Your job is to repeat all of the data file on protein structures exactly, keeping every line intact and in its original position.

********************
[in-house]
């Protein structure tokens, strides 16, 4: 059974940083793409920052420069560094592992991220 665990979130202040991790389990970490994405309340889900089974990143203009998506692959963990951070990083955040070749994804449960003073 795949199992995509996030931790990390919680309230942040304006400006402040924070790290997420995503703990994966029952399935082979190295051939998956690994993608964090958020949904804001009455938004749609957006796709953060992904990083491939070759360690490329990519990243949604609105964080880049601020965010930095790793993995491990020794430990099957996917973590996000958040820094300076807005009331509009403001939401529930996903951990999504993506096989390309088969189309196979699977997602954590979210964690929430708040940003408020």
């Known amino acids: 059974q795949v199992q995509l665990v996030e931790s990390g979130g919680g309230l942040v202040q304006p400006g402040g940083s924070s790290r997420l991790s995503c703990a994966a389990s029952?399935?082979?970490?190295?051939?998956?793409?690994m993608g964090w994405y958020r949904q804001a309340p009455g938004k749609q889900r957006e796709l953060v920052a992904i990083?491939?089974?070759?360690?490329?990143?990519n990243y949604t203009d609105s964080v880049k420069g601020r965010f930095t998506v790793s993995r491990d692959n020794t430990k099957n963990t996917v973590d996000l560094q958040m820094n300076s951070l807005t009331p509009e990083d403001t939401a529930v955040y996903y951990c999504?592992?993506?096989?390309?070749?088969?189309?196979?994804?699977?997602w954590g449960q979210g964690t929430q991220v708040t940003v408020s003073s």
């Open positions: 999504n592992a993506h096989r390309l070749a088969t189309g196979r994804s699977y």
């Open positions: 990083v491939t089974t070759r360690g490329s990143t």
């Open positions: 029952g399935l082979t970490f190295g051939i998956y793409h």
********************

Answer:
[in-house]
């Protein structure tokens, strides 16, 4: 059974940083793409920052420069560094592992991220 665990979130202040991790389990970490994405309340889900089974990143203009998506692959963990951070990083955040070749994804449960003073 795949199992995509996030931790990390919680309230942040304006400006402040924070790290997420995503703990994966029952399935082979190295051939998956690994993608964090958020949904804001009455938004749609957006796709953060992904990083491939070759360690490329990519990243949604609105964080880049601020965010930095790793993995491990020794430990099957996917973590996000958040820094300076807005009331509009403001939401529930996903951990999504993506096989390309088969189309196979699977997602954590979210964690929430708040940003408020």
């Known amino acids: 059974q795949v199992q995509l665990v996030e931790s990390g979130g919680g309230l942040v202040q304006p400006g402040g940083s924070s790290r997420l991790s995503c703990a994966a389990s029952?399935?082979?970490?190295?051939?998956?793409?690994m993608g964090w994405y958020r949904q804001a309340p009455g938004k749609q889900r957006e796709l953060v920052a992904i990083?491939?089974?070759?360690?490329?990143?990519n990243y949604t203009d609105s964080v880049k420069g601020r965010f930095t998506v790793s993995r491990d692959n020794t430990k099957n963990t996917v973590d996000l560094q958040m820094n300076s951070l807005t009331p509009e990083d403001t939401a529930v955040y996903y951990c999504?592992?993506?096989?390309?070749?088969?189309?196979?994804?699977?997602w954590g449960q979210g964690t929430q991220v708040t940003v408020s003073s």
């Open positions: 999504n592992a993506h096989r390309l070749a088969t189309g196979r994804s699977y």
């Open positions: 990083v491939t089974t070759r360690g490329s990143t």
């Open positions: 029952g399935l082979t970490f190295g051939i998956y793409h």